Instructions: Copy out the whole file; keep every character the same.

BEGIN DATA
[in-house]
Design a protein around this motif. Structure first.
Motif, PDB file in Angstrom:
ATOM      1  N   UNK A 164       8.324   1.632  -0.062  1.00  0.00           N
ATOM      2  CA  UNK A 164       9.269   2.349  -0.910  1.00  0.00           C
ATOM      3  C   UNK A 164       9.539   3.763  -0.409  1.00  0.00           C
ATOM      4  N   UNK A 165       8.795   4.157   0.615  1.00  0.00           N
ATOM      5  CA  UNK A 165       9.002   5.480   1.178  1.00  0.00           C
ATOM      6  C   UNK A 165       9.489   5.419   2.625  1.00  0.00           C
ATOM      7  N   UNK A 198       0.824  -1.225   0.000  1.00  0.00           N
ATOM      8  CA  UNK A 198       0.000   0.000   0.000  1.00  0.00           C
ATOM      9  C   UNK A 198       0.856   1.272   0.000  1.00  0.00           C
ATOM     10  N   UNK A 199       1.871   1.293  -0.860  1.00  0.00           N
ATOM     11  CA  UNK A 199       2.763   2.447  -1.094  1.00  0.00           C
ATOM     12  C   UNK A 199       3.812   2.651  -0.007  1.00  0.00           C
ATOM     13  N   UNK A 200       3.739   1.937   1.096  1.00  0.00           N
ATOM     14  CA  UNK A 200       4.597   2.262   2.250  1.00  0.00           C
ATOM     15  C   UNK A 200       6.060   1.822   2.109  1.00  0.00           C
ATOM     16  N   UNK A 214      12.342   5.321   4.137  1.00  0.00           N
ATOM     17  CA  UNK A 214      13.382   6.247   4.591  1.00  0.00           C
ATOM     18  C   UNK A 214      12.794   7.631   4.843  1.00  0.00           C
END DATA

[in-house]
Design a protein around this motif. Structure first.
Motif, PDB file in Angstrom:
ATOM      1  N   UNK A 164       8.324   1.632  -0.062  1.00  0.00           N
ATOM      2  CA  UNK A 164       9.269   2.349  -0.910  1.00  0.00           C
ATOM      3  C   UNK A 164       9.539   3.763  -0.409  1.00  0.00           C
ATOM      4  N   UNK A 165       8.795   4.157   0.615  1.00  0.00           N
ATOM      5  CA  UNK A 165       9.002   5.480   1.178  1.00  0.00           C
ATOM      6  C   UNK A 165       9.489   5.419   2.625  1.00  0.00           C
ATOM      7  N   UNK A 198       0.824  -1.225   0.000  1.00  0.00           N
ATOM      8  CA  UNK A 198       0.000   0.000   0.000  1.00  0.00           C
ATOM      9  C   UNK A 198       0.856   1.272   0.000  1.00  0.00           C
ATOM     10  N   UNK A 199       1.871   1.293  -0.860  1.00  0.00           N
ATOM     11  CA  UNK A 199       2.763   2.447  -1.094  1.00  0.00           C
ATOM     12  C   UNK A 199       3.812   2.651  -0.007  1.00  0.00           C
ATOM     13  N   UNK A 200       3.739   1.937   1.096  1.00  0.00           N
ATOM     14  CA  UNK A 200       4.597   2.262   2.250  1.00  0.00           C
ATOM     15  C   UNK A 200       6.060   1.822   2.109  1.00  0.00           C
ATOM     16  N   UNK A 214      12.342   5.321   4.137  1.00  0.00           N
ATOM     17  CA  UNK A 214      13.382   6.247   4.591  1.00  0.00           C
ATOM     18  C   UNK A 214      12.794   7.631   4.843  1.00  0.00           C